Last fall, a majority of the rank-and-file employees signed union sign-up cards authorizing the vote.
Obama orders new truck fuel standards
U.S. President Barack Obama last week announced the next phase of mileage standards for the nation's fleet of medium- and heavy-duty trucks.
In a speech at a distribution center for the supermarket chain Safeway in Upper Marlboro, Md., the president said he has ordered the Environmental Protection Agency and the National Highway Traffic Safety Administration to develop and issue new fuel efficiency and greenhouse gas regulations for larger trucks (weighing 8,500 pounds or more) by March 31, 2016.
"Today, we're taking the next step. Heavy-duty trucks account for just 4 percent of all the vehicles on the highway ... [but] they're responsible for about 20 percent of carbon pollution in the transportation sector. And because they haul about 70 percent of all domestic freight ... every mile that we gain in fuel efficiency is worth thousands of dollars in savings every year," he said.
The administration estimates tighter fuel standards for medium- and heavy-duty trucks, school buses and 18-wheel big rig tractor-trailers for model years 2014-18 will save owners and operators an estimated $50 billion in fuel costs and save 530 million barrels of oil over the life of the vehicles.
The U.S. is already committed to doubling the fuel efficiency of light vehicles and trucks to more than 50 mpg by 2025.
"Improving gas mileage for these trucks is going to drive down our oil imports even further," he said.
The president's push for improved fuel economy comes days after a study published in the current edition of the journal Science found leaks in the U.S. natural gas system are dumping heat-trapping methane gas into the atmosphere.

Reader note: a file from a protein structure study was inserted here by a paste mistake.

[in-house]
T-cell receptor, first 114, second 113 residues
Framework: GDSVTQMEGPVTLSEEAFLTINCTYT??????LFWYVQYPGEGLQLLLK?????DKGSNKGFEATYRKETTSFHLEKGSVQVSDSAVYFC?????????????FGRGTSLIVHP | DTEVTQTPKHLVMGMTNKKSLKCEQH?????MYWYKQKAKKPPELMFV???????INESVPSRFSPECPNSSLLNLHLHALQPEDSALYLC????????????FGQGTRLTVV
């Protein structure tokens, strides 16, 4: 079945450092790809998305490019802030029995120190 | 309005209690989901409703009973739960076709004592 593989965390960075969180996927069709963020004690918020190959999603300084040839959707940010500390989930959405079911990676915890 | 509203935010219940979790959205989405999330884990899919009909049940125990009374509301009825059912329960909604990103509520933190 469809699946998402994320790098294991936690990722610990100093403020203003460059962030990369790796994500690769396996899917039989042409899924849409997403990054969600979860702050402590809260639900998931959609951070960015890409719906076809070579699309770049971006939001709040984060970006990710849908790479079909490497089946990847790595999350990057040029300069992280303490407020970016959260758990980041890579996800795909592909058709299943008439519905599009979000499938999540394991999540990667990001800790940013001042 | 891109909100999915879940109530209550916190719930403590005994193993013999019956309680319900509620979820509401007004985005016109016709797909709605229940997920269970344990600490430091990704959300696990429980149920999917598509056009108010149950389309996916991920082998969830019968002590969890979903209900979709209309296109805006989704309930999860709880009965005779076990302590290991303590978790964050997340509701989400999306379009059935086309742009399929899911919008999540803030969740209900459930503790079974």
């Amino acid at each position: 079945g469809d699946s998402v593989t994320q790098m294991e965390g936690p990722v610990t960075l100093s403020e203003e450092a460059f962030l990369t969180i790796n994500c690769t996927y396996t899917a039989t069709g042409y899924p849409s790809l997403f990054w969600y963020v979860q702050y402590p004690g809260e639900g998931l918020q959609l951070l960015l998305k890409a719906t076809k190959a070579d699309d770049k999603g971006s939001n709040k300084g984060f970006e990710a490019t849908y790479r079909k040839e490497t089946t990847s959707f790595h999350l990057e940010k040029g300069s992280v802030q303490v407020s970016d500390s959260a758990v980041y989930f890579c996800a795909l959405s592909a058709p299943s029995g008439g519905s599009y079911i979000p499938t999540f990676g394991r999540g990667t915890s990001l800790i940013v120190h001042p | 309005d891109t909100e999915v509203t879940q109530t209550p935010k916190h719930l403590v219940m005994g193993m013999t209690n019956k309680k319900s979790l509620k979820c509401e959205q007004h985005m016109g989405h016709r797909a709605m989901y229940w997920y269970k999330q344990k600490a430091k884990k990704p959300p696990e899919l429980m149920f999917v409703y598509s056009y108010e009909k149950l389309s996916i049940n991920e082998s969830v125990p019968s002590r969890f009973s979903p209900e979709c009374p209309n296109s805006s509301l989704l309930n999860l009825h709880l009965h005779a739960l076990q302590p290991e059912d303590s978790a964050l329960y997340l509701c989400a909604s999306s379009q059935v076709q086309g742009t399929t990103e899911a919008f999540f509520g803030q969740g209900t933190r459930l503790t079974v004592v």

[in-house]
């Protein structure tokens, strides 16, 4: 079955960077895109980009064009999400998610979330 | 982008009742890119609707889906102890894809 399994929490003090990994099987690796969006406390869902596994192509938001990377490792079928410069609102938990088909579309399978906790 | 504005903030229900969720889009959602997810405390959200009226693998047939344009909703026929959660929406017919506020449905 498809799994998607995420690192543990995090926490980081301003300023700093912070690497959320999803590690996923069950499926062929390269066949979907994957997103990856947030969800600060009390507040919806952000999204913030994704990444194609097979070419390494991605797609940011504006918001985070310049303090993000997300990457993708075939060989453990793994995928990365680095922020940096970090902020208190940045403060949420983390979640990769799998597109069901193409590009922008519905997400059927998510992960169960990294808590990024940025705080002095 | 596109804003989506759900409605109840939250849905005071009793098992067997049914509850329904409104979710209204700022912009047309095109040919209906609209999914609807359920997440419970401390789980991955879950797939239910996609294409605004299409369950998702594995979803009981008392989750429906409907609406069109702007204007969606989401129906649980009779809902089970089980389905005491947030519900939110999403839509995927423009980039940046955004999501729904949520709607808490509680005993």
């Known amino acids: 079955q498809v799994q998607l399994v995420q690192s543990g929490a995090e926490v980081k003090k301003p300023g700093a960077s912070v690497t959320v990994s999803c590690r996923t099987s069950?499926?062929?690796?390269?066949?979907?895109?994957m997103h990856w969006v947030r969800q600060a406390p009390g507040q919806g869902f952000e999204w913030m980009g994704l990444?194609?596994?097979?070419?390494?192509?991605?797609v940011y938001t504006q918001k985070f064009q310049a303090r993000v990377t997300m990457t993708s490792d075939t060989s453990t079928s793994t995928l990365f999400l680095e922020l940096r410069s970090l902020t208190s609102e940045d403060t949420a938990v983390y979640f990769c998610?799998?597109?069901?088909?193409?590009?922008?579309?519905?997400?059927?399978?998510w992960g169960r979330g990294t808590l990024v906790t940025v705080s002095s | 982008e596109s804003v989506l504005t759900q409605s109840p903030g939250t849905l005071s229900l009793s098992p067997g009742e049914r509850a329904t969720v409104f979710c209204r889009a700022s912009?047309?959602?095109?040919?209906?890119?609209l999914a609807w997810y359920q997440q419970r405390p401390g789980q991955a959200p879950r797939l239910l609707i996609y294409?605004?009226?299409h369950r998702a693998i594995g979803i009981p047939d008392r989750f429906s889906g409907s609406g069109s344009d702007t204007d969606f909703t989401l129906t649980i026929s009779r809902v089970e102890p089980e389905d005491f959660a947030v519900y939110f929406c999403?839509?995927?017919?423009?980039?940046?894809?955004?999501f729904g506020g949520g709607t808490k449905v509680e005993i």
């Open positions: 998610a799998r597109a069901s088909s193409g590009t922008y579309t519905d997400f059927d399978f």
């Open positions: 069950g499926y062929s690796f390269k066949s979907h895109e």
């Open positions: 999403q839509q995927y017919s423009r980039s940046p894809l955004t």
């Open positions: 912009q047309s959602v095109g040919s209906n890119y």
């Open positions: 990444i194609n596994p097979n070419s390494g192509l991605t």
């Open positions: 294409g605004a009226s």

Scientists at Stanford University, the Massachusetts Institute of Technology and the Energy Department's National Renewable Energy Laboratory concluded the leak rate is so great it may negate the value of converting heavy-duty trucks and buses from diesel fuel to compressed natural gas to slow the rate of climate change.
"If natural gas is to be a 'bridge' to a more sustainable energy future, it is a bridge that must be traversed carefully: Diligence will be required to ensure that leakage rates are low enough to achieve sustainability goals," the researchers wrote.
"Fueling trucks and buses with natural gas may help local air quality and reduce oil exports, but it is not likely to reduce greenhouse gas emissions," chief researcher Adam R. Brandt of Stanford University said in a release.
Toyota No. 1 in global sales, VW moves ahead of GM
Japanese automaker Toyota sold a record 9.98 million vehicles worldwide in 2013, retaining the title of world's largest auto company.
Germany's Volkswagen edged General Motors for the No. 2 spot, selling 9.73 million vehicles to GM's 9.71 million.
Toyota sales were up 2.4 percent last year and the company projects sales exceeding 10 million units in 2014. Volkswagen sales jumped 5 percent, selling just 270,000 fewer vehicles than Toyota, and GM saw its sales rise about 4 percent.
VW's sales figures include heavy-duty truck sales of its MAN SE and Scania AB units, while Toyota included sales from its Hino Motors and Daihatsu units, the Detroit News reported.
GM was the world's largest auto company from 1931 through 2007 and reclaimed the title in 2011 when an earthquake and tsunami in Japan and flooding in Thailand reduced Toyota's production capacity.
Volkswagen sales fell 7 percent in the United States last year -- about 100,000 fewer vehicle sales than GM -- but the German automaker's new head of U.S. operations says VW can sell 800,000 vehicles in the United States in four years.
VW currently makes more than 72 percent of the vehicles it sells in the United States in North America and plans to invest $7 billion in the region over five years.